Wine:30 – Daring Pairings


We looked before at some of the more common wine varietals and foods to pair with them. Today we will look at some of the more obscure varietals and what foods work well with them.



This medium-bodied dry white wine mainly from Spain is also grown in Portugal, Australia and a little in the United States. Albariño typically has steely acidity and sharply defined fruit. Flavors are usually of apricot, citrus, fresh grass, pear and peach.

Most cooked seafood – fish and shellfish – pair nicely with the grape’s citrusy nature, lighter alcohol and firm acidity. The varietal is also a nice accompaniment to raw proteins such as fish crudo, ceviche, sushi, and salmon or tuna carpaccio. The varietal also works with Japanese, Korean and northern Chinese dishes as well as chicken and poultry.


Grüner Veltliner

A medium to medium-full-bodied white that is typically dry to off-dry. The varietal has flavors of celery, citrus, cucumber, green bean, green melon and lentil. Grüner Veltliner is mainly found in Austria, with some plantings in the Czech Republic, New Zealand and the United States.

This grape is a nice pairing to dishes with aromatic and distinctive marinades or sauces such as sweet and sour and sweet and spicy styles. It works well with most Asian cuisine. Grüner Veltliner is one of the few wines that works really well with salads and vegetables. Beans and lentils are also great with this varietal.



A medium-bodied dry white wine from Argentina that’s also grown in Chile and Spain. The flavor profile consists of apricot, passion fruit, mango, yellow apple, honeysuckle and jasmine.

This varietal tends to be a harder pairing partner as the flavors can tend to overpower and dominate many foods. This grape matches nice with shellfish, as the ripe fruit can bring out the basic sweet flavors of scallops, crab or lobster. Rich dishes and cream sauces will work with Torrontés too. The combinations of fruit and sweet spice in dishes such as Indian mango chutney, Chinese plum sauce, and a tangy fruit-based barbecue sauce can pair nicely as well.



Carménère is a typically medium to medium-full-bodied red with components of blackberry, plum, black tea, rosemary, thyme, bitter chocolate and smoke. It is commonly seen coming from Chile, but is grown in Australia, France, Italy and the United States as well.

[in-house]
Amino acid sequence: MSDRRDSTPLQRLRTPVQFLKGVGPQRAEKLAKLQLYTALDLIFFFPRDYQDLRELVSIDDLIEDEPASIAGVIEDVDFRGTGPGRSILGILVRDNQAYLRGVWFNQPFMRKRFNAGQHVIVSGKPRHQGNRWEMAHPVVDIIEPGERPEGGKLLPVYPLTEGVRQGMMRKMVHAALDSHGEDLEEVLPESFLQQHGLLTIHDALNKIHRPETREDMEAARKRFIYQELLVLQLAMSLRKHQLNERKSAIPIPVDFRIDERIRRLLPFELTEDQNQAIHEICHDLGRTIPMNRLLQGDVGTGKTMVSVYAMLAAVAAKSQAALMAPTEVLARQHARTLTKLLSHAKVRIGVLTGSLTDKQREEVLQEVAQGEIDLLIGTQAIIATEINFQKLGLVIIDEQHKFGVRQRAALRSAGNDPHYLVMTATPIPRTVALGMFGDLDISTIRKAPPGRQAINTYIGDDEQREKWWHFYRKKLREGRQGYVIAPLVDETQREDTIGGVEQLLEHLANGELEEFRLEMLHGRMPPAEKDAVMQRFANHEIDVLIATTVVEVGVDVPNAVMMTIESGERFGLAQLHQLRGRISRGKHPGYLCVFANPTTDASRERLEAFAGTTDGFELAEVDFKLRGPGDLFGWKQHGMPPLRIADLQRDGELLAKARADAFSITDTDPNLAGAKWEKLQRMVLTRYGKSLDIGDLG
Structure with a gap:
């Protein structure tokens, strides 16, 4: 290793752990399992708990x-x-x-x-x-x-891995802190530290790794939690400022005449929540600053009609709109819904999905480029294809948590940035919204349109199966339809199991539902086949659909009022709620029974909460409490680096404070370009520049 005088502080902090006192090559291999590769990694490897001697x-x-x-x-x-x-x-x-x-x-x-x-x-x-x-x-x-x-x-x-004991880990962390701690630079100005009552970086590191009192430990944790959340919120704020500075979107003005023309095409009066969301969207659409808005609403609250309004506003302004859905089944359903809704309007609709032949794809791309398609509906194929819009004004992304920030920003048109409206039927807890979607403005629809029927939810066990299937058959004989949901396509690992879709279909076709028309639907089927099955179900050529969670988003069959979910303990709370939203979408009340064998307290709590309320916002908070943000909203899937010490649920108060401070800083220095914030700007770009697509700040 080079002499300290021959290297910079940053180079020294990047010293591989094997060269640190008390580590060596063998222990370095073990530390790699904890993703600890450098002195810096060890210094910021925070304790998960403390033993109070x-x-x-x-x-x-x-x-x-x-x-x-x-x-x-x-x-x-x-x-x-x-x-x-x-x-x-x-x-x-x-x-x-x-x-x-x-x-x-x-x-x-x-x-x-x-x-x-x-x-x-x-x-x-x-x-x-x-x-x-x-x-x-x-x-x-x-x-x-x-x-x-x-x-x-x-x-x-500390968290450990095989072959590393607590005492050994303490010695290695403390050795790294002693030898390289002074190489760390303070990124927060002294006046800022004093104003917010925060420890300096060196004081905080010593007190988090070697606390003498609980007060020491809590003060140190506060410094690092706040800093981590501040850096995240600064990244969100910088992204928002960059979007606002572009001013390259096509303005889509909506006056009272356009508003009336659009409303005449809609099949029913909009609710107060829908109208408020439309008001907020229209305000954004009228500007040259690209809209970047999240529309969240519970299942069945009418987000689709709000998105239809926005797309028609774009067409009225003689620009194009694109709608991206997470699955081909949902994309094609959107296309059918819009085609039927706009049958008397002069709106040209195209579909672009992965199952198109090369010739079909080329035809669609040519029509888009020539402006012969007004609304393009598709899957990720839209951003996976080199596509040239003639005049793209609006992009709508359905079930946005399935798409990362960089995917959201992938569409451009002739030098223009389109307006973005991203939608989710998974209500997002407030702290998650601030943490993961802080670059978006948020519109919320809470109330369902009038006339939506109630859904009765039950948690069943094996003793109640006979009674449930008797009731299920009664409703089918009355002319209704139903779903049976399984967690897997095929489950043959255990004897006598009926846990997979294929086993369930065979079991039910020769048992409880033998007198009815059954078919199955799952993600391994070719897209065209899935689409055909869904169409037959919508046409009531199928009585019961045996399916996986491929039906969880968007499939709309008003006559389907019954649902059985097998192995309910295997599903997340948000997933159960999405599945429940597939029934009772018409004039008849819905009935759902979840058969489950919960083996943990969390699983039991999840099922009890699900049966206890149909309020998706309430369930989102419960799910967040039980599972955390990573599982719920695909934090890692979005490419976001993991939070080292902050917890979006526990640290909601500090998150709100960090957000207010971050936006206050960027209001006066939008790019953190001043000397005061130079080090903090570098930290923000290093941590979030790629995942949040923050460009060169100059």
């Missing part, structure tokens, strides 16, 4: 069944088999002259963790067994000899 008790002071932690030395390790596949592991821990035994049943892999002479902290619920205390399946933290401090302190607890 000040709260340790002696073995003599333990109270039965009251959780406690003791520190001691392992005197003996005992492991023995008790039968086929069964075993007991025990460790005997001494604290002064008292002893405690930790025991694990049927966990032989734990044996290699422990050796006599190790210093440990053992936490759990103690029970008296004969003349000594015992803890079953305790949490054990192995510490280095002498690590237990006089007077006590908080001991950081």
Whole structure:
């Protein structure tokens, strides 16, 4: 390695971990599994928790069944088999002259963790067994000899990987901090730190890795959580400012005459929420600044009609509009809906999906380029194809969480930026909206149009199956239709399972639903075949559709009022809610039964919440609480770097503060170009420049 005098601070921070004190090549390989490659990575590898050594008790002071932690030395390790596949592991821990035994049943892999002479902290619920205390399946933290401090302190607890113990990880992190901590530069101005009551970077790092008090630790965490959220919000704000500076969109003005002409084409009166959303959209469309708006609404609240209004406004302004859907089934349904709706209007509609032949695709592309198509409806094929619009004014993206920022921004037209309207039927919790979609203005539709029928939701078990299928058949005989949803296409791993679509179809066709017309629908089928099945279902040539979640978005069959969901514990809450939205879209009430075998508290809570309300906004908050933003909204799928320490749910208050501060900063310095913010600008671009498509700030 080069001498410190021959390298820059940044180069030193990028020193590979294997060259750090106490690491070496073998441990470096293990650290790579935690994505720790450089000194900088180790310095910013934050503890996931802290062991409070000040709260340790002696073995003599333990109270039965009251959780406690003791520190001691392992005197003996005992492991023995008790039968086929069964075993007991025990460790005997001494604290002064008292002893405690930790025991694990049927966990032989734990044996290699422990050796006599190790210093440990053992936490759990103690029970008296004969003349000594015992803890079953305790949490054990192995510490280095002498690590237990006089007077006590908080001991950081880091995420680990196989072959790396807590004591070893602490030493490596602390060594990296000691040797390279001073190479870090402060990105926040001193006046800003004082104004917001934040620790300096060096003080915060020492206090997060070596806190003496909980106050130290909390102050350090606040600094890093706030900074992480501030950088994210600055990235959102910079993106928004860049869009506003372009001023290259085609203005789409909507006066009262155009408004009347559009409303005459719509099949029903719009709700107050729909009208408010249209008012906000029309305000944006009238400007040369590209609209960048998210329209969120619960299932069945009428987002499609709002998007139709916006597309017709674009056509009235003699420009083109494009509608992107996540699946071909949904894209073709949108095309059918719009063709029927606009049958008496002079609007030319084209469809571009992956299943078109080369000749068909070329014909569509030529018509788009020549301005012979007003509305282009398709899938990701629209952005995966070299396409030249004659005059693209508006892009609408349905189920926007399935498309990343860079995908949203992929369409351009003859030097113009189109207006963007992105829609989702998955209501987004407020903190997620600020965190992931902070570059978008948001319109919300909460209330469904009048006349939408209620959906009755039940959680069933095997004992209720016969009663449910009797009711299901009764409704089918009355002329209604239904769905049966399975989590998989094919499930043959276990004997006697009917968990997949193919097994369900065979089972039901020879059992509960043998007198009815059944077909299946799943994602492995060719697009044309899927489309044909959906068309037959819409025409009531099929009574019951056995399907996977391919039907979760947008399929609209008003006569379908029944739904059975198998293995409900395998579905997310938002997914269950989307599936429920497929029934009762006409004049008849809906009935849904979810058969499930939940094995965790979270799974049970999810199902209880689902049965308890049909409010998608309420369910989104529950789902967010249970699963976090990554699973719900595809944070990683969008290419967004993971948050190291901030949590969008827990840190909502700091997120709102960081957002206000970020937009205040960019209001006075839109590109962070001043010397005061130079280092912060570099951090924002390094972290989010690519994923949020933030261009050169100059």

The smokiness of the grape makes smoked food a great pairing. Smoked chicken and pork shoulder and even beef brisket all match well here. More than most red varietals, Carménère is one of the few red varietals that compliments herbs in dishes. The herbal component of the grape mirrors the herbal component found in dishes such as salsa verde, gremolata on grilled meat and rosemary-crusted lamb.


Petite Sirah

Found to be medium-full to full-bodied and dry, Petite Sirah can produce flavors of beetroot, blackberry, black current, chocolate, clove, mocha, vanilla, black licorice and black pepper. This varietal has a range of areas that it is planted: Argentina, Australia, Brazil, Israel, Mexico and the United States.

The bold personality of Petite Sirah makes it relatively straightforward to pair with food. The grape craves big red wine fare. Meat, such as slow-cooked brisket to smoked sausages, rich braises and stews, and charcoal-grilled steaks are the best options here. The ripe fruit and sweetish tones give Petite Sirah the flexibility to pair with cheeses that range from mild blues to semi-hard styles.


Karl Bradley is the wine sales representative for General Beverage Wines for the Door County area. He has worked in fine dining and wine sales for more than 25 years and has a sommelier certificate from the Court of the Master Sommeliers.


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